The present invention incorporating the novel steering mechanism is now best illustrated in FIGS. 2 and 3 and is described in greater detail hereinafter. There is shown generally a drilling and steering assembly 20 which consists of a nose member 30 and a steering mechanism or section 40. The nose member 30 generally consists of a solid stainless steel member in which a continuous fluid passage 33 is provided from one end to the other. The passage 33 within nose member 30 terminates at a chamber 34 within which are disposed a pair of nozzles 35(a) and 35(b) (FIG. 6). They are provided at the terminal end of the nose member and are both fed by fluid flowing through passage 33, chamber 34 and then out through the nozzles.
As is understood in high pressure drilling, the viscous fluid generally is provided at a relatively high pressure (1500-2000 PSI) for the purpose of cutting and loosening the subsoil ahead of the rotating pipe thereby facilitating the forward movement of the pipe through the bore. For purposes of the present invention, and for the illustrated embodiment, each of the nozzles 35(a) and 35(b) is provided with a sequential pair of carbide inserts, designated generally as 36 and 37 (FIG. 2). A pair of inserts is used to minimize wear and to further control the fluid flow. Each insert has an internal orifice there through which, for examplar purposes, may be 0.015 inch.
Also as illustrated in FIGS. 2 and 3, the axes of nozzles 35(a) and 35(b) (and inserts 36, 37) may be inclined at a predetermined angle relative to the longitudinal axis of the nose member 30 in order to facilitate the cutting and loosening of soil. Unlike the prior art, this inclination of the nozzle axes is to control the size of the cut rather than for steering. For purposes herein, the nose member may consist of stainless steel having an outer diameter of 11/2 inches and the fluid passageway 33 may be 3/16th inch in diameter.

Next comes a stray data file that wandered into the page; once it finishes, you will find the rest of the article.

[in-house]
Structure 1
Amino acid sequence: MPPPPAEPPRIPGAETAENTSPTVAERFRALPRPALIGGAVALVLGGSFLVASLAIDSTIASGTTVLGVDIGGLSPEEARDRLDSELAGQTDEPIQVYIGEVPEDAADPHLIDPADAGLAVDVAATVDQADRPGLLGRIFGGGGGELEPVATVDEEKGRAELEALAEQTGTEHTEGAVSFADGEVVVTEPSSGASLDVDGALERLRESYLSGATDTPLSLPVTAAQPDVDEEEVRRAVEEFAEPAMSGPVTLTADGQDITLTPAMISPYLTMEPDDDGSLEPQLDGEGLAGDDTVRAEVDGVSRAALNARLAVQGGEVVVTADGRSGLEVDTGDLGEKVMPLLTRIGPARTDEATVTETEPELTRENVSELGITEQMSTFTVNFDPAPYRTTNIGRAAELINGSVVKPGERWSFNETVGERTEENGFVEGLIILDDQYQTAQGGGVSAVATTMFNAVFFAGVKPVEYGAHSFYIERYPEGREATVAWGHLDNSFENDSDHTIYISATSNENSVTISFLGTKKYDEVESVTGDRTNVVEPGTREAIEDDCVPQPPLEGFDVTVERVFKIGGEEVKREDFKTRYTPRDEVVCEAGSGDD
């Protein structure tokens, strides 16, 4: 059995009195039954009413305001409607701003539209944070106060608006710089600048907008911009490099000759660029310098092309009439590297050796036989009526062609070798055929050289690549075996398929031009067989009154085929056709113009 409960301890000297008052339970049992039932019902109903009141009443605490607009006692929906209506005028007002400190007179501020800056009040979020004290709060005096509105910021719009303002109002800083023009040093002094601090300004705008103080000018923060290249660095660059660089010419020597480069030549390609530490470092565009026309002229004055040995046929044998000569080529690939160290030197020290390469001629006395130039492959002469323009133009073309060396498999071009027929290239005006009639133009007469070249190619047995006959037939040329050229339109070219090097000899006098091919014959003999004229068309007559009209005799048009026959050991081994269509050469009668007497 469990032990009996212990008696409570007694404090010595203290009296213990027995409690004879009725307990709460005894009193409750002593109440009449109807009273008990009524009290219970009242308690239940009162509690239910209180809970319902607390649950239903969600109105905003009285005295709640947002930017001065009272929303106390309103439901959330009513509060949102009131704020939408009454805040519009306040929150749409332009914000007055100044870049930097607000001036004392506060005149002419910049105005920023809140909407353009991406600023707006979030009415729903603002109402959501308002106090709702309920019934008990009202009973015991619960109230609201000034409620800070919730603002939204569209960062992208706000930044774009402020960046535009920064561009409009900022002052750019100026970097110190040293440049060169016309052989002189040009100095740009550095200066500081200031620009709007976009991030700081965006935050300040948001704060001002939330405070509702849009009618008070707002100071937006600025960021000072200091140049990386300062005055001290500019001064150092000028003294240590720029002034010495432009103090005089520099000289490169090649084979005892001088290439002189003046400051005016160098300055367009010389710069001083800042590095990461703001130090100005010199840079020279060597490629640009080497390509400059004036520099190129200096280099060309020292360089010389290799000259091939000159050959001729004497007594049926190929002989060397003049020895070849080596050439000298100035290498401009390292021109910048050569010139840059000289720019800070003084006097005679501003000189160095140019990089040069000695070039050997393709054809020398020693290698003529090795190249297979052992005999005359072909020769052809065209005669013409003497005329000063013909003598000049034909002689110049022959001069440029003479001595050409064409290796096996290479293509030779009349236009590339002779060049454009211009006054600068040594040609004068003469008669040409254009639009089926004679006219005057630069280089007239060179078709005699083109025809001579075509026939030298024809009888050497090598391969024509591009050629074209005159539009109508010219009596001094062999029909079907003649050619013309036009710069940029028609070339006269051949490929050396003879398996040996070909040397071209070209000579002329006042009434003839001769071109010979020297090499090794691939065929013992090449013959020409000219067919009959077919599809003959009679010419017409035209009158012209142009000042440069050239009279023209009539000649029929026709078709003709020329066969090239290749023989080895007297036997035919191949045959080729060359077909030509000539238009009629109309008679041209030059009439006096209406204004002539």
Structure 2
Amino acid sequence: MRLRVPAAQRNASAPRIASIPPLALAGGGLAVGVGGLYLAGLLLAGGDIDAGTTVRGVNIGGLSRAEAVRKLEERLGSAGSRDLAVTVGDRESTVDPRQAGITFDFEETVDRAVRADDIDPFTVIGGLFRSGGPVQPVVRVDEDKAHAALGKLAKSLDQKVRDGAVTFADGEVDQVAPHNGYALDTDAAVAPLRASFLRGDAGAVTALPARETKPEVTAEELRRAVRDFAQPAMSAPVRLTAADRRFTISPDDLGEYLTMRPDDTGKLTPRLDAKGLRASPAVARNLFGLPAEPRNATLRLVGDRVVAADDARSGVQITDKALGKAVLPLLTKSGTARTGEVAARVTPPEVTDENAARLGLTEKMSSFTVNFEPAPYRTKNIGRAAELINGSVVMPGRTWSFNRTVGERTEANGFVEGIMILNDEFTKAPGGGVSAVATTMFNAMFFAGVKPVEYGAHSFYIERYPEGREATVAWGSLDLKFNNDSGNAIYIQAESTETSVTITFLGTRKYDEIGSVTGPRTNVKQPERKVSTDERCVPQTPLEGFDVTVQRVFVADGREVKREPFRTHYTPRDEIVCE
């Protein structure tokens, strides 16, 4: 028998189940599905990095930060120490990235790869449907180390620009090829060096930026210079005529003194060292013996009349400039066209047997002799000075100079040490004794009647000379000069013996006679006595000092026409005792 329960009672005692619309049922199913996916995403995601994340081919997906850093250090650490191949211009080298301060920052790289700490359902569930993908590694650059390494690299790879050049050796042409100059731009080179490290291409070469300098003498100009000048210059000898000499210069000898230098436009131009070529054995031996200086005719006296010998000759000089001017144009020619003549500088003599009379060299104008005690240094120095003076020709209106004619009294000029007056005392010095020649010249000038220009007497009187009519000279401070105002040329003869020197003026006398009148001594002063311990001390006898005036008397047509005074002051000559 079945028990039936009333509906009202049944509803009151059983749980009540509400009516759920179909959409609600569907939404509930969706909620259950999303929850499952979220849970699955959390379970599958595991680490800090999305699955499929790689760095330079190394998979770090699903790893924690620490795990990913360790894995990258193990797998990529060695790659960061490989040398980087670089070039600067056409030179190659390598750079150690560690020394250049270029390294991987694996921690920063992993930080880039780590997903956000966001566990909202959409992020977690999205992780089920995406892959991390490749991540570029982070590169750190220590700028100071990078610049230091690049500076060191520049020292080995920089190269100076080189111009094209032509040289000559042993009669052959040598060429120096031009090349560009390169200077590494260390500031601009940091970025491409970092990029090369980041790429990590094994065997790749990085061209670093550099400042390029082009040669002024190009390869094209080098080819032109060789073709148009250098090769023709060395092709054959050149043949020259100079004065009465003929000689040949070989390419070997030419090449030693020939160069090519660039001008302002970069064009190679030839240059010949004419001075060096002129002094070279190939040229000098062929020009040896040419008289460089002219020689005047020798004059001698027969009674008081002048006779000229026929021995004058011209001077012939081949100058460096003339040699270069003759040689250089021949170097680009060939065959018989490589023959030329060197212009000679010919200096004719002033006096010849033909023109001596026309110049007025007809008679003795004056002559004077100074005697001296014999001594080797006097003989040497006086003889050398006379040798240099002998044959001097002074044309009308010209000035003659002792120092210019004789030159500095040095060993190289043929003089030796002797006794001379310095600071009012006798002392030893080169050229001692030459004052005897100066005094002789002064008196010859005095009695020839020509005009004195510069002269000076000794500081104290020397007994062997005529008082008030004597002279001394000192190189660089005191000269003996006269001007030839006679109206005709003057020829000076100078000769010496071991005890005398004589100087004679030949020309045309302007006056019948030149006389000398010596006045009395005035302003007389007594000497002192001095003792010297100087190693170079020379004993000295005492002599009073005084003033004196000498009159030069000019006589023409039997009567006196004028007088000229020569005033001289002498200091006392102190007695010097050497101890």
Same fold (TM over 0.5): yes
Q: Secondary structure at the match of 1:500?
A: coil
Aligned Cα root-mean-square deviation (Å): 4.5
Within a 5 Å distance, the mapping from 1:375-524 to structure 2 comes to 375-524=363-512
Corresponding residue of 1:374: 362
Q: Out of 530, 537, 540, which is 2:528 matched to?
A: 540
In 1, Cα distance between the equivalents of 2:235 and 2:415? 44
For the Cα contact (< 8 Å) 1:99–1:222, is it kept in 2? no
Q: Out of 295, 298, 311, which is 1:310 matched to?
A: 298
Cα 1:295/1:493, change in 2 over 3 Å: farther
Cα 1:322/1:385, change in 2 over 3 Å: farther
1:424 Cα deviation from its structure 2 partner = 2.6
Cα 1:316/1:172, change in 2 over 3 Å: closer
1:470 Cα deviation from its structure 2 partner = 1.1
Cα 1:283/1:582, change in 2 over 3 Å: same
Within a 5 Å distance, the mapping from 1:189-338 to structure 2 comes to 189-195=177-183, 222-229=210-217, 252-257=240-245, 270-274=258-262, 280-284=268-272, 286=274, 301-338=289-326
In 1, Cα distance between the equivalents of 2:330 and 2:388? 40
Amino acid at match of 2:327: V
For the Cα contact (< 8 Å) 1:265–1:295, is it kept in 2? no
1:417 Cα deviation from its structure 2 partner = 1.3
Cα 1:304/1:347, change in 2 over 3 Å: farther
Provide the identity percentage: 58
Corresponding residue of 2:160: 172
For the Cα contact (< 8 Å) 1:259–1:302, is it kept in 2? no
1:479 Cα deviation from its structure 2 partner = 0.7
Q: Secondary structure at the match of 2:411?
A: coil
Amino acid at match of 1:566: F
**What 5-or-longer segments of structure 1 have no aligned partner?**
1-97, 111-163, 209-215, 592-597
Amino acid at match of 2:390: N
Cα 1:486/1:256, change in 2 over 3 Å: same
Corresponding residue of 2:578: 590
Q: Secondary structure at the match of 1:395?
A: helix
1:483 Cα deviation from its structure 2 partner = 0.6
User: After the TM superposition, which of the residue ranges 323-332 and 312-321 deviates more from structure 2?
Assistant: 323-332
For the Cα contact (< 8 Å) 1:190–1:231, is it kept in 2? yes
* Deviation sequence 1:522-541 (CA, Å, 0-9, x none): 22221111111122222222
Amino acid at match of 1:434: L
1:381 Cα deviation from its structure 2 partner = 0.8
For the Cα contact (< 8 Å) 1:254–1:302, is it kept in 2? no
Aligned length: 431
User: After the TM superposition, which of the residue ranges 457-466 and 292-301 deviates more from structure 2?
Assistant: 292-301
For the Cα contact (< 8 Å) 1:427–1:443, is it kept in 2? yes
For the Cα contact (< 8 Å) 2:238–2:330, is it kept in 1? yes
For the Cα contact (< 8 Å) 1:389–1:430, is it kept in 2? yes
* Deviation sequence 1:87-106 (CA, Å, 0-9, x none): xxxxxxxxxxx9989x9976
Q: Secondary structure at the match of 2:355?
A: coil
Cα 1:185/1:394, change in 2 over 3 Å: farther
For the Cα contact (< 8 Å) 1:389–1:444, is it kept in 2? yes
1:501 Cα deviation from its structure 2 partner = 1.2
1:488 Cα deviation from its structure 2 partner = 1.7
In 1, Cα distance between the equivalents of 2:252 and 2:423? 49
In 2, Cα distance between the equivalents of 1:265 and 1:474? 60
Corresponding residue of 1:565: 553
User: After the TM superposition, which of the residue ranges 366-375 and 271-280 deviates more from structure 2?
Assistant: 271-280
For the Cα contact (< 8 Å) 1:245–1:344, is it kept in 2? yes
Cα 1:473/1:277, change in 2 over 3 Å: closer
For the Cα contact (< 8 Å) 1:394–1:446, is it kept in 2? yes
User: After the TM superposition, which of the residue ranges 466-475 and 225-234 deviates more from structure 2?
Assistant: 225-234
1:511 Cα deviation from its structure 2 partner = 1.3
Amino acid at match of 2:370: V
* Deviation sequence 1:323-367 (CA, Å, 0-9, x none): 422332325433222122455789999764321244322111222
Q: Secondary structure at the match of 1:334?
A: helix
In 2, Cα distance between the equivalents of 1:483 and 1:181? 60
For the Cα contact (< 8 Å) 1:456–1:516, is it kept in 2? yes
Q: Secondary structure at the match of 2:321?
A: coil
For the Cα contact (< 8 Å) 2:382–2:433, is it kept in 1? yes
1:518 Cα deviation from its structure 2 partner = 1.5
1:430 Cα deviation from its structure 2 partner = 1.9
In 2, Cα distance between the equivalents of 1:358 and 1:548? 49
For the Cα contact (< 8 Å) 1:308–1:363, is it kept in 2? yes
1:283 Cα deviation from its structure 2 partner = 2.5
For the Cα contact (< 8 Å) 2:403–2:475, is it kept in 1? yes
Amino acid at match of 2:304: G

The inserts 36, 37 will be able to accomodate fluid flowing through the passageway 33 at a predetermined pressure in the range of 1500-2000 PSI. If that pressure is exceeded, then the orifices in the inserts 36-37 will not be able to accomodate any additional flow and the viscous fluid will back up within the passageway 33. It is this back up in pressure, in combination with the steering assembly of the present invention, which allows the positive force of that fluid to effect direct movement of the nose member in a predetermined direction.
To accomplish this movement, the steering section 40 is provided.
The steering section 40 consists of a stainless steel tube 41 which matches the male end of the nose member and is welded thereto as at 38 in order to assure that the two members (25, 41) are firmly connected to one another. In the illustrated embodiment, the tube 41 has a section removed therefrom from a first or forward end 44 toward the second end at 46 (FIG. 2). The tube 41 further is provided with a passage 45 therethrough which is in direct communication with the passage 33 which flows through nose member 30. The second end (46) of the tube 41 is provided with an internal chamber 47. Chamber 47 is in communication with fluid from the pipe 18 via passageway 48.